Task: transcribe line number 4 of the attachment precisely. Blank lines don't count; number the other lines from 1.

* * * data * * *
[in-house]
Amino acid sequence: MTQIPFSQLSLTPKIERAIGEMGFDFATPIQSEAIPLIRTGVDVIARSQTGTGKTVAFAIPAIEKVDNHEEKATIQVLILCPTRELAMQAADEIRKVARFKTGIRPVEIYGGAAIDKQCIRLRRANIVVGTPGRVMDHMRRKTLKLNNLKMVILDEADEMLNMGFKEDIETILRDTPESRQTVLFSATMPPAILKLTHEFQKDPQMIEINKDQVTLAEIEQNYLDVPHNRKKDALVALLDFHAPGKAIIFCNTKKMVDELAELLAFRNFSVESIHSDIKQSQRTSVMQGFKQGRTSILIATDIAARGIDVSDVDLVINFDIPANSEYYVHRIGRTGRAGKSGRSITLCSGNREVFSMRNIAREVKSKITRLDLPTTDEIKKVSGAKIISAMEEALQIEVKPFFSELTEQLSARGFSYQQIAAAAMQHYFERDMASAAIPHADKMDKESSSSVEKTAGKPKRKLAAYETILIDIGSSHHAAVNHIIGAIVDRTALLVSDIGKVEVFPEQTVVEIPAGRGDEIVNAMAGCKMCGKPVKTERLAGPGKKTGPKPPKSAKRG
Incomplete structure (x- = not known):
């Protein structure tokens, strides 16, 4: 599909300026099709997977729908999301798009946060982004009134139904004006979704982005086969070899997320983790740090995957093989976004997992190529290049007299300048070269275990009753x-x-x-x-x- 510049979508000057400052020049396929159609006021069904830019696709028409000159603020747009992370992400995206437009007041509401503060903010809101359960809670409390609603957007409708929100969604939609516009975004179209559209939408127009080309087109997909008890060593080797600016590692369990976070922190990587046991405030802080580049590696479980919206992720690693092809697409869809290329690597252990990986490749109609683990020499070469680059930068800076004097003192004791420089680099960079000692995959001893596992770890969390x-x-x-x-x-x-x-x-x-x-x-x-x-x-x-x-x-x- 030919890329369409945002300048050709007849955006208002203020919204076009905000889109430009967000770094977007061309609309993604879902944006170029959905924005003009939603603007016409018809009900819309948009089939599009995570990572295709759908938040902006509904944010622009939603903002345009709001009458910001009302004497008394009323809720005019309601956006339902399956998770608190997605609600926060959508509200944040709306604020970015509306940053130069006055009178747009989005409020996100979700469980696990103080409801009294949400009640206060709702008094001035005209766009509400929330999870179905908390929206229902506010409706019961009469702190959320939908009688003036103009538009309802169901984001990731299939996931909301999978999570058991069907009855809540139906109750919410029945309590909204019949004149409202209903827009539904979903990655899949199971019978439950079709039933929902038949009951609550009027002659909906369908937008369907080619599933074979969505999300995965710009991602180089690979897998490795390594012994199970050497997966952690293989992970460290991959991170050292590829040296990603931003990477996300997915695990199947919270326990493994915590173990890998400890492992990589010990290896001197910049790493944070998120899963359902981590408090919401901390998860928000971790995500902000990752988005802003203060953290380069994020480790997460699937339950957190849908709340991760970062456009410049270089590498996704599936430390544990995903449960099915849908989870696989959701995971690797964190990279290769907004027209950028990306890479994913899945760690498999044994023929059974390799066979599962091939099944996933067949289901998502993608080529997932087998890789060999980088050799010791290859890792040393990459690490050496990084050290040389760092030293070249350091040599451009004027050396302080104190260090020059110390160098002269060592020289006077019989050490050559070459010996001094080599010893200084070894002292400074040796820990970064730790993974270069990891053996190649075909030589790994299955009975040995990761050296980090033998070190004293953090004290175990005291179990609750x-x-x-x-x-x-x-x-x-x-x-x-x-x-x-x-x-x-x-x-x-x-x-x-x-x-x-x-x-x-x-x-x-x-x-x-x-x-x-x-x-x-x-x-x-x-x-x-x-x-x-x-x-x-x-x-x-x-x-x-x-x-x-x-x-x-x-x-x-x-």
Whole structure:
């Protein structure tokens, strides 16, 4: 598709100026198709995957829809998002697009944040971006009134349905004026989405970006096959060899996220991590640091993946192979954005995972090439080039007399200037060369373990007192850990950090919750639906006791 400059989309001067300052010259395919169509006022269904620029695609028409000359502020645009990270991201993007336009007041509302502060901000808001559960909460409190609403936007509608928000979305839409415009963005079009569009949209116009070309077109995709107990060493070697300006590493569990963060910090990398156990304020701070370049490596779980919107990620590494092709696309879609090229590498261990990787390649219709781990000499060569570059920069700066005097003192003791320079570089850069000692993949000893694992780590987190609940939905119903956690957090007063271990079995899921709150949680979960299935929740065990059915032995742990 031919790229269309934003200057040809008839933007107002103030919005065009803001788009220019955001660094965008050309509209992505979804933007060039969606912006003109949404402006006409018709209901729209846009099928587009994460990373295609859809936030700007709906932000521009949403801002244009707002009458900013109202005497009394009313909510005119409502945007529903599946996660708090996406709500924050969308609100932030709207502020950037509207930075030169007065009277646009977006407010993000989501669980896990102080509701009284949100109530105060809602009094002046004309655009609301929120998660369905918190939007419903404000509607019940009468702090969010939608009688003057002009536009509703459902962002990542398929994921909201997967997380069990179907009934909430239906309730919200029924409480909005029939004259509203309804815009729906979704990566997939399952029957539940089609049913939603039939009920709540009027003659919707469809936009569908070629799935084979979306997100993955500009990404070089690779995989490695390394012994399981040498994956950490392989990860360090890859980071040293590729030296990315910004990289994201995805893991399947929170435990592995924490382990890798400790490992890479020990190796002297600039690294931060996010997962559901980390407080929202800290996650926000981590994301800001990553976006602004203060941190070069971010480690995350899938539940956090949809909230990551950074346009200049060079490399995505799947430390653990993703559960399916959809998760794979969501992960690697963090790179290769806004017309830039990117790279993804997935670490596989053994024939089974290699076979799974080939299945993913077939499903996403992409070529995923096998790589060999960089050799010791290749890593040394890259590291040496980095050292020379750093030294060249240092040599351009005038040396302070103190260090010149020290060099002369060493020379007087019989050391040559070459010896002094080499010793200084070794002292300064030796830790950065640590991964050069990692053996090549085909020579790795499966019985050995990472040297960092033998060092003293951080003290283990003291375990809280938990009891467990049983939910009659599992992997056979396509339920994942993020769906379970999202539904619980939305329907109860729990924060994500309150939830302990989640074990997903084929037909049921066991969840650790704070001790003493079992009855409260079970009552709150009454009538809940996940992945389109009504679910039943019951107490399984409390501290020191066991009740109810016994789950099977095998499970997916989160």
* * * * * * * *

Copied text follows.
């Protein structure tokens, strides 16, 4: 599909300026099709997977729908999301798009946060982004009134139904004006979704982005086969070899997320983790740090995957093989976004997992190529290049007299300048070269275990009753x-x-x-x-x- 510049979508000057400052020049396929159609006021069904830019696709028409000159603020747009992370992400995206437009007041509401503060903010809101359960809670409390609603957007409708929100969604939609516009975004179209559209939408127009080309087109997909008890060593080797600016590692369990976070922190990587046991405030802080580049590696479980919206992720690693092809697409869809290329690597252990990986490749109609683990020499070469680059930068800076004097003192004791420089680099960079000692995959001893596992770890969390x-x-x-x-x-x-x-x-x-x-x-x-x-x-x-x-x-x- 030919890329369409945002300048050709007849955006208002203020919204076009905000889109430009967000770094977007061309609309993604879902944006170029959905924005003009939603603007016409018809009900819309948009089939599009995570990572295709759908938040902006509904944010622009939603903002345009709001009458910001009302004497008394009323809720005019309601956006339902399956998770608190997605609600926060959508509200944040709306604020970015509306940053130069006055009178747009989005409020996100979700469980696990103080409801009294949400009640206060709702008094001035005209766009509400929330999870179905908390929206229902506010409706019961009469702190959320939908009688003036103009538009309802169901984001990731299939996931909301999978999570058991069907009855809540139906109750919410029945309590909204019949004149409202209903827009539904979903990655899949199971019978439950079709039933929902038949009951609550009027002659909906369908937008369907080619599933074979969505999300995965710009991602180089690979897998490795390594012994199970050497997966952690293989992970460290991959991170050292590829040296990603931003990477996300997915695990199947919270326990493994915590173990890998400890492992990589010990290896001197910049790493944070998120899963359902981590408090919401901390998860928000971790995500902000990752988005802003203060953290380069994020480790997460699937339950957190849908709340991760970062456009410049270089590498996704599936430390544990995903449960099915849908989870696989959701995971690797964190990279290769907004027209950028990306890479994913899945760690498999044994023929059974390799066979599962091939099944996933067949289901998502993608080529997932087998890789060999980088050799010791290859890792040393990459690490050496990084050290040389760092030293070249350091040599451009004027050396302080104190260090020059110390160098002269060592020289006077019989050490050559070459010996001094080599010893200084070894002292400074040796820990970064730790993974270069990891053996190649075909030589790994299955009975040995990761050296980090033998070190004293953090004290175990005291179990609750x-x-x-x-x-x-x-x-x-x-x-x-x-x-x-x-x-x-x-x-x-x-x-x-x-x-x-x-x-x-x-x-x-x-x-x-x-x-x-x-x-x-x-x-x-x-x-x-x-x-x-x-x-x-x-x-x-x-x-x-x-x-x-x-x-x-x-x-x-x-």